Those lucky enough to still have their jobs, deemed “essential workers” in many cases, are predominantly low-wage food industry, custodial staff, grocers, and of course, Amazon. These low-wage workers are most at risk, as they are being told they must go to work on a daily basis, often without adequate personal protective equipment (PPE). Amazon workers have called for a strike against working conditions, and grocers and caregivers are worried about a lack of PPE.
So what you have are millions of people who are financially unable to quarantine at home, either because they need the paycheck itself, or the health insurance that comes with employment. Those who have already lost their jobs are more likely to be evicted and homeless, and the lack of insurance will delay their visits for testing and contact tracing.
With almost 140,000 deaths, it would be naïve to consider this pandemic as anything but a national security risk. Income inequality in the United States has only exacerbated a healthcare, housing, and insurance crisis brought on by the pandemic. Addressing income inequality may have saved thousands of lives. A more responsive Congress, willing to pay people to stay home (as many European nations have), also may have saved thousands of lives.
National security cannot simply mean the threat of terrorist groups, cyber attacks, or rogue states. To counter such challenges, the United States has spent nearly $5 trillion waging recent wars in Iraq, Afghanistan, Syria, and Libya. And yet, the “unseen enemy” of coronavirus has killed more Americans than Vietnam, Korea, and the War on Terror – combined. The biggest threat to the day-to-day security for millions of Americans isn’t terrorism or a foreign power. It’s the fact that half of Americans can’t pay a $400 emergency expense, and 48 million more struggle to cover the cost of food. Another 8.6 million are considered the “working poor,” who live below the poverty line despite full-time employment. These working poor are clustered in certain occupations – retail, food service, custodial staff, and caregivers. The same “essential workers” that are prevented from staying home to combat coronavirus. Most of these workers make less than $10 an hour, and few are unionized, further preventing their ability to negotiate for better working conditions. As COVID spreads, these workers are at the center of the crisis – often without PPE, paid sick days, or paid testing.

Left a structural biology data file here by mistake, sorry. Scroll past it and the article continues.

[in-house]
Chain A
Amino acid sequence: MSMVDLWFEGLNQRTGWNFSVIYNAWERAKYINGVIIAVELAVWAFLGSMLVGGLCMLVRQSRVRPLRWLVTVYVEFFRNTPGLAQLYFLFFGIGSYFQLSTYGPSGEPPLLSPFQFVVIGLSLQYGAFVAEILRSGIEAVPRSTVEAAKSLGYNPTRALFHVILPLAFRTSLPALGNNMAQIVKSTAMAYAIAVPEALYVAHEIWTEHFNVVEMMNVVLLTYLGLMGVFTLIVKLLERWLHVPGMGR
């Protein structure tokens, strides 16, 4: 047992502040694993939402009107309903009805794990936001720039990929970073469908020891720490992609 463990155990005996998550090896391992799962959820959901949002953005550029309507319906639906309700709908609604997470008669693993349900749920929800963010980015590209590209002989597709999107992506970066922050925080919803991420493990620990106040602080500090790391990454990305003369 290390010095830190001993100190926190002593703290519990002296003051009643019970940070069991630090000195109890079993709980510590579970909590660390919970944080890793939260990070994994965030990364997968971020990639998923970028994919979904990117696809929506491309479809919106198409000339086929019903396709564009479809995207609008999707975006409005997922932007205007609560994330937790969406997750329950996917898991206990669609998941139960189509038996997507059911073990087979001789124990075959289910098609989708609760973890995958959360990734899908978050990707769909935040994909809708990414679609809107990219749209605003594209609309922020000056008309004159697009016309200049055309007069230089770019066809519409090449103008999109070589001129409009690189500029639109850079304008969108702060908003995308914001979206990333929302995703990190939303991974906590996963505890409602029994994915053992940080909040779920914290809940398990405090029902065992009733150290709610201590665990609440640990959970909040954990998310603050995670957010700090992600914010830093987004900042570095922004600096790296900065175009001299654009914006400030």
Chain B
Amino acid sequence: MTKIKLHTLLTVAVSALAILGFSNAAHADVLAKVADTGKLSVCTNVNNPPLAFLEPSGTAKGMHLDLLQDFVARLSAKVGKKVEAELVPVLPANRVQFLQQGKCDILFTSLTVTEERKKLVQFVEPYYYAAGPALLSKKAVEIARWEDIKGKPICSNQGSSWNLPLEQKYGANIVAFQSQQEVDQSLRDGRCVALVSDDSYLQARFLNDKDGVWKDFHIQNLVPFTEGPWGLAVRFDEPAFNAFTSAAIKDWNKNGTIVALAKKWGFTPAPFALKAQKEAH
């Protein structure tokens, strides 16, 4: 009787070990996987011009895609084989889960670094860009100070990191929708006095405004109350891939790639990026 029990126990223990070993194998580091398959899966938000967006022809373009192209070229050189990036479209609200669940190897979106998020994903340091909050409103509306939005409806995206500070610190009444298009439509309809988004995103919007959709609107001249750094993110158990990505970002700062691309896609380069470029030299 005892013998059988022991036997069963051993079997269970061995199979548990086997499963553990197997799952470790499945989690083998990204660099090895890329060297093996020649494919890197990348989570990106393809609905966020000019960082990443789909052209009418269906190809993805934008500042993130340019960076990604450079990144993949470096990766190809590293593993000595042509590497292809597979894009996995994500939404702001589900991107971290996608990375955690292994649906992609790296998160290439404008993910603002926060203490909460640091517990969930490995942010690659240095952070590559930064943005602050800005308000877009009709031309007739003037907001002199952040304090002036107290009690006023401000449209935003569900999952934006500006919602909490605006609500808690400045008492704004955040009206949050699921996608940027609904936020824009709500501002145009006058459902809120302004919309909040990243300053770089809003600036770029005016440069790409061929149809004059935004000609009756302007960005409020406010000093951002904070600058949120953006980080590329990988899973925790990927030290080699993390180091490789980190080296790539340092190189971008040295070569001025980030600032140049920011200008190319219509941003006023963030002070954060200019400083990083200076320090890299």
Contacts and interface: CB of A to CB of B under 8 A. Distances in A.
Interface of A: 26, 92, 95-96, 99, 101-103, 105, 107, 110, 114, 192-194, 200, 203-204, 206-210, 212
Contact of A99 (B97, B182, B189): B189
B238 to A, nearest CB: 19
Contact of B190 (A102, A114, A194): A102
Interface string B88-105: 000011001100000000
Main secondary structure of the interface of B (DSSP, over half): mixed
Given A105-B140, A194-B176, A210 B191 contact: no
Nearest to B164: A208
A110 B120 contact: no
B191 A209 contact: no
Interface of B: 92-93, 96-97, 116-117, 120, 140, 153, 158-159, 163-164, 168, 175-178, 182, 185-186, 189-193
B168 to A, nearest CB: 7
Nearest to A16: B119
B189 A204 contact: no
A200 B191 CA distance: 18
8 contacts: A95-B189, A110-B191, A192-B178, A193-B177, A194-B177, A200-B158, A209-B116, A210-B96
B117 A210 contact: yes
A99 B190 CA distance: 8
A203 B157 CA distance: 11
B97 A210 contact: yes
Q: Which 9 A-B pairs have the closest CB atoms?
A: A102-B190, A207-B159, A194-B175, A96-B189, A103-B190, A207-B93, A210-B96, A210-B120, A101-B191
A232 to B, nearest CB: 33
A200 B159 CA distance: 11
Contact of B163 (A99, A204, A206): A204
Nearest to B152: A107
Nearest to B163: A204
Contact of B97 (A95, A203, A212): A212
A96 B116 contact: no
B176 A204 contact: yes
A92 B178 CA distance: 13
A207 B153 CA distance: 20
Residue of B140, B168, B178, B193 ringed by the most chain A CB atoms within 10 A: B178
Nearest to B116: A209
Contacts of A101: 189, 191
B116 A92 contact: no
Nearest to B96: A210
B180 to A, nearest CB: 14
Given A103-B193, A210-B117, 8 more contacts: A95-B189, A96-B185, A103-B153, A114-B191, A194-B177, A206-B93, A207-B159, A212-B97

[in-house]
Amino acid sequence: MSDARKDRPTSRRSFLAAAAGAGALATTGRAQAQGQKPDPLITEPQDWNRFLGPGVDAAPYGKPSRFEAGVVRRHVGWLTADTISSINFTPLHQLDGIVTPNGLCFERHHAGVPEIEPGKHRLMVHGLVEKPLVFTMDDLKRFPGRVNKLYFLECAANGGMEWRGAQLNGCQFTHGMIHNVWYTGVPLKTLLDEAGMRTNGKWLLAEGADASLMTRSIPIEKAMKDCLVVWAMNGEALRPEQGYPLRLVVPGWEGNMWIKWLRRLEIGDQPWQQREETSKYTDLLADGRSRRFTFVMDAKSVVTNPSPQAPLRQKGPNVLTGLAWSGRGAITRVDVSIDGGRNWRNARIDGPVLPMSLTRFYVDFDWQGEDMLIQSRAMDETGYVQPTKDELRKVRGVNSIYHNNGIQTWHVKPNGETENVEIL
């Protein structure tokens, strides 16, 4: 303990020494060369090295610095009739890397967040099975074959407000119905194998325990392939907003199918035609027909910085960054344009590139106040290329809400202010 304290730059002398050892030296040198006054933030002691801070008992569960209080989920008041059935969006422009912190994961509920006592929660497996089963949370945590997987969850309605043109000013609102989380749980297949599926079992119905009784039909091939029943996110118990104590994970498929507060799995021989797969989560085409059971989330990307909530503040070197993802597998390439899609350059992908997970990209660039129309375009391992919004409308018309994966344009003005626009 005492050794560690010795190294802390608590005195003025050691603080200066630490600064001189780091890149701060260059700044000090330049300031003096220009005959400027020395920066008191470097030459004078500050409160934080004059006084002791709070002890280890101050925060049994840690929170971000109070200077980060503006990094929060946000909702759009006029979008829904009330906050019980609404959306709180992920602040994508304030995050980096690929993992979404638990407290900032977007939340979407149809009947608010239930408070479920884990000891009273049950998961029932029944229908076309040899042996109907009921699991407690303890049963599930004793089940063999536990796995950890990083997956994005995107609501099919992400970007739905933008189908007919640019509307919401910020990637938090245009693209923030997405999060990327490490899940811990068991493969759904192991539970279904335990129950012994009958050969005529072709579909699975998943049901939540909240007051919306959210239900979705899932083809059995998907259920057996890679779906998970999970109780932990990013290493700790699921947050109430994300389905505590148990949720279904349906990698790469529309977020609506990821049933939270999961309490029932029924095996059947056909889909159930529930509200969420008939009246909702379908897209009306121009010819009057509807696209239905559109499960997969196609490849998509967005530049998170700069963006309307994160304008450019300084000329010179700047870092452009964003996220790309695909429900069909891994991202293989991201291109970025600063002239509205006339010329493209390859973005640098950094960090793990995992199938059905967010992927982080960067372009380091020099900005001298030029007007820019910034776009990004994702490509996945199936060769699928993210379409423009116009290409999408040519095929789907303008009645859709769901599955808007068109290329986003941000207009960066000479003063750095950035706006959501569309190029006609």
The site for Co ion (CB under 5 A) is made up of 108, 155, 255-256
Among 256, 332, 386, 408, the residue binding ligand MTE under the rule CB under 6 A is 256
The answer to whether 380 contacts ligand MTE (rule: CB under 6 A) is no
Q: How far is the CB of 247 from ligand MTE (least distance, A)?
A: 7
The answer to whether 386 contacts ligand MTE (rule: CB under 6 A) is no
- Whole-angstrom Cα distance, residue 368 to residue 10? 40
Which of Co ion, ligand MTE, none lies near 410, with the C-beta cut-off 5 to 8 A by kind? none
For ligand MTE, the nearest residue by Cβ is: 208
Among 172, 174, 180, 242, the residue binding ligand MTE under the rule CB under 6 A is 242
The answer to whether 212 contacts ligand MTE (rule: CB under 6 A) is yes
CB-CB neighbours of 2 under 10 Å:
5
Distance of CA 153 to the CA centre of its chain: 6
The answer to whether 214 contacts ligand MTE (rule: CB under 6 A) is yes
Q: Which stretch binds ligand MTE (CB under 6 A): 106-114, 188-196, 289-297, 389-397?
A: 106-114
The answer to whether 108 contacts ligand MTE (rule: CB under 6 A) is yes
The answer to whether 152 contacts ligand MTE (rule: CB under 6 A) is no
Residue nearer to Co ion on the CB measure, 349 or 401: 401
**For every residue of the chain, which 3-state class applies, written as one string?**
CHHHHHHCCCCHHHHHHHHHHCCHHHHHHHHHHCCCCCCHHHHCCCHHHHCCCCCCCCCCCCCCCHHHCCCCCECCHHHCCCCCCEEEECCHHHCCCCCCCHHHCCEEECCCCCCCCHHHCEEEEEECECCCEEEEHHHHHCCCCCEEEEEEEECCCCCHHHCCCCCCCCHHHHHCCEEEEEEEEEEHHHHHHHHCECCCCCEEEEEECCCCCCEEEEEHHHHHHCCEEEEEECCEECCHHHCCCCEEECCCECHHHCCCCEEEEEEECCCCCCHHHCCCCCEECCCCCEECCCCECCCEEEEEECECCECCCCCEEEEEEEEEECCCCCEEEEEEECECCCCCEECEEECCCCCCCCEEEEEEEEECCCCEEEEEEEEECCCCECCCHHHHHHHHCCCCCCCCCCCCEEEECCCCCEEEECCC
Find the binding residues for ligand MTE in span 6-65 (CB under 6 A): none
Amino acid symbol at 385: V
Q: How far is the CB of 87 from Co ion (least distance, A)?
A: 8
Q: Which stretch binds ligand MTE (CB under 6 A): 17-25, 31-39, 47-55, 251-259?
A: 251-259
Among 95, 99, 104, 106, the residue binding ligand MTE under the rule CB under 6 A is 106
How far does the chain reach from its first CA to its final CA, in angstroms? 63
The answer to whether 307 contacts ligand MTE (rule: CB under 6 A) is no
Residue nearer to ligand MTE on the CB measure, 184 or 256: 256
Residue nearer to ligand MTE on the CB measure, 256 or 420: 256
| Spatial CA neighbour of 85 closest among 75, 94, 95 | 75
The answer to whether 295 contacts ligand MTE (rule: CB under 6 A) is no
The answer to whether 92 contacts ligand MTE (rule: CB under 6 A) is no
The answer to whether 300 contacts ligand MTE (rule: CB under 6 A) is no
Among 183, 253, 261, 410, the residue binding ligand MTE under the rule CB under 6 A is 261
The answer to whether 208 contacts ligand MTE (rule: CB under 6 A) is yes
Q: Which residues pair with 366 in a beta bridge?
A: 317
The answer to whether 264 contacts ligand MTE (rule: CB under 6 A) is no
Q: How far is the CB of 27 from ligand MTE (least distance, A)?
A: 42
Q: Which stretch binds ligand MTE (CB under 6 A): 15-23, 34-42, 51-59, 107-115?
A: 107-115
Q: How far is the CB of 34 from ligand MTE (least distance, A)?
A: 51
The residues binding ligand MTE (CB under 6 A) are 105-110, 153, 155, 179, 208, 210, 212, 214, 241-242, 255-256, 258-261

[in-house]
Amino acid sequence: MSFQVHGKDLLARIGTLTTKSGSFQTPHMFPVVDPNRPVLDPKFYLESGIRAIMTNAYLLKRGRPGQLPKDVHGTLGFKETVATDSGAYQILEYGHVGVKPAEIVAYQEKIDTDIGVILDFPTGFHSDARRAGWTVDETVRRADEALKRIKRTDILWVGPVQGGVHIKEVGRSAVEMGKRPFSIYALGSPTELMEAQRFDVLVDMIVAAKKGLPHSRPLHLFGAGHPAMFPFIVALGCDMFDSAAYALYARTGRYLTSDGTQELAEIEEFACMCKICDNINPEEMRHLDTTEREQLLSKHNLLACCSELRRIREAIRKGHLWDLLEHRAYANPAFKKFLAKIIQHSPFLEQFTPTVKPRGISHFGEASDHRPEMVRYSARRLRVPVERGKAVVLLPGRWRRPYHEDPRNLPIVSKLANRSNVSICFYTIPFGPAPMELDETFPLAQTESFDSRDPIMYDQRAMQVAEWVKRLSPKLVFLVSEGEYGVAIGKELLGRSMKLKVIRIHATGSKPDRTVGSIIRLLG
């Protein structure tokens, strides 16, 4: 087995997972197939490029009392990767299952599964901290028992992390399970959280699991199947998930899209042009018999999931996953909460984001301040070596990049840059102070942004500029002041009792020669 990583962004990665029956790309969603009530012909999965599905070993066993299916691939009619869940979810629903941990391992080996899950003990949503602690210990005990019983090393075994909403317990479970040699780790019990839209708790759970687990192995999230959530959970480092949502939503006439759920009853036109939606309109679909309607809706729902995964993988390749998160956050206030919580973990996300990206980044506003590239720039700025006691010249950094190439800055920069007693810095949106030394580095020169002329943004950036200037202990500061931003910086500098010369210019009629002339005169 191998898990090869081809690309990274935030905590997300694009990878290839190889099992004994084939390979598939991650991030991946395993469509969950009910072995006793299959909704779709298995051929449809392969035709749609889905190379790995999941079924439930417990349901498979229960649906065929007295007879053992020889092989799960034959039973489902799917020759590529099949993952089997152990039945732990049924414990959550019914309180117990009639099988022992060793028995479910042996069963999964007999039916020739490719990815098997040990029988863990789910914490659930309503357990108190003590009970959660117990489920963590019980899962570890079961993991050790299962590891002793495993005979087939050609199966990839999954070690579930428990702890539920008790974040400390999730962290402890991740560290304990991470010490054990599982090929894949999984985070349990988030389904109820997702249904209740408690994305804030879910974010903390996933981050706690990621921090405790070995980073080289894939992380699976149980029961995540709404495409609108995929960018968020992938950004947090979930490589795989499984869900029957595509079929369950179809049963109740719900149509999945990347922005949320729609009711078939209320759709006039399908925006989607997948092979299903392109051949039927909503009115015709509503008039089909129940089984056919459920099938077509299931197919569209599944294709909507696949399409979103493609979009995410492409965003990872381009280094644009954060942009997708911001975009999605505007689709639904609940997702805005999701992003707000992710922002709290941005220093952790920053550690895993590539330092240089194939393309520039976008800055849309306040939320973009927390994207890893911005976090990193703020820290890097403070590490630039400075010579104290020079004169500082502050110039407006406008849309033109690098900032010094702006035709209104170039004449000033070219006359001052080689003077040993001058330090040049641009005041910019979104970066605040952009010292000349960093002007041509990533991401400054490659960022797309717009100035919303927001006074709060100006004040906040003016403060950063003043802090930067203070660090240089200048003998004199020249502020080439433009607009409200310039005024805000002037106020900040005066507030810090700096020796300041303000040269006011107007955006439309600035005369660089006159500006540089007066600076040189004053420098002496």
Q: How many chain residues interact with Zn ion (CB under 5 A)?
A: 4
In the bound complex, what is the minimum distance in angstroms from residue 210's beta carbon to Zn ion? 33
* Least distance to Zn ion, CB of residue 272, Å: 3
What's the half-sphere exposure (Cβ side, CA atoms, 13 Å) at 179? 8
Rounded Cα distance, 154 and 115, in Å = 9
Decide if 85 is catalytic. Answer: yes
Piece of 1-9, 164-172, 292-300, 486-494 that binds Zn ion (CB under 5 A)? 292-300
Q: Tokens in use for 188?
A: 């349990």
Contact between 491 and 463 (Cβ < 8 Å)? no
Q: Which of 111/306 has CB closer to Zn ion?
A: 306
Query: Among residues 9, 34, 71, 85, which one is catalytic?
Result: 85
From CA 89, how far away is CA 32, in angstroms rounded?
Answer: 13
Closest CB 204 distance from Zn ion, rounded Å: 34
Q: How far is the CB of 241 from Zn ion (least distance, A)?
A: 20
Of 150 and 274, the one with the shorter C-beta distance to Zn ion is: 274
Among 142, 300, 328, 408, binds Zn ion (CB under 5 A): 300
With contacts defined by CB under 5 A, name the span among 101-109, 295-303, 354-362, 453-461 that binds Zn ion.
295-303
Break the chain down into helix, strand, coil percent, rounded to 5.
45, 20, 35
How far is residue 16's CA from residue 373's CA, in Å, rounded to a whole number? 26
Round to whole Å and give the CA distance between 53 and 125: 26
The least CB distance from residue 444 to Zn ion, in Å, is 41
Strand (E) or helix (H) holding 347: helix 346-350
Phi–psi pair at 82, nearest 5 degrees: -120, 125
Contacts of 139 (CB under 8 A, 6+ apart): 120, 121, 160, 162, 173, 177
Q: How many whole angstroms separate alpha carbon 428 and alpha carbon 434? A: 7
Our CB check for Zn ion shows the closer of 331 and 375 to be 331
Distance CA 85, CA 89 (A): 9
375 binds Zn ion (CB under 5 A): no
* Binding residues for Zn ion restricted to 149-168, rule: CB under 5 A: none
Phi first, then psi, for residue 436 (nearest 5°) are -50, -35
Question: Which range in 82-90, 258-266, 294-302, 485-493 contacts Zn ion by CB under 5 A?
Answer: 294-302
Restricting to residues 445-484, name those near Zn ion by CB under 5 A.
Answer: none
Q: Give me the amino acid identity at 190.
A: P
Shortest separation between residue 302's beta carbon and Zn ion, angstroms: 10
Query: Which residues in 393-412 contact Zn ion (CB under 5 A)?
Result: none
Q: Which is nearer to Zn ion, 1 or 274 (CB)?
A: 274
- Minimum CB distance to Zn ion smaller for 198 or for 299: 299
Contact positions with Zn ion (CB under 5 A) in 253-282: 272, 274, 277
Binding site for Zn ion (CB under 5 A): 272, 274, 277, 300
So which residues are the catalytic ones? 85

After ignoring income inequality for so long, COVID is illustrating the need for a discussion about the choice between “guns and butter.” Despite the number of “guns” in the American military, the lack of “butter” has resulted in a larger national security threat than all of the nation’s wars for the last fifty years. Maybe we should do something about that.
Air Force veteran, writing about the intersection of domestic policy and national security, especially as it effects his home state of Florida.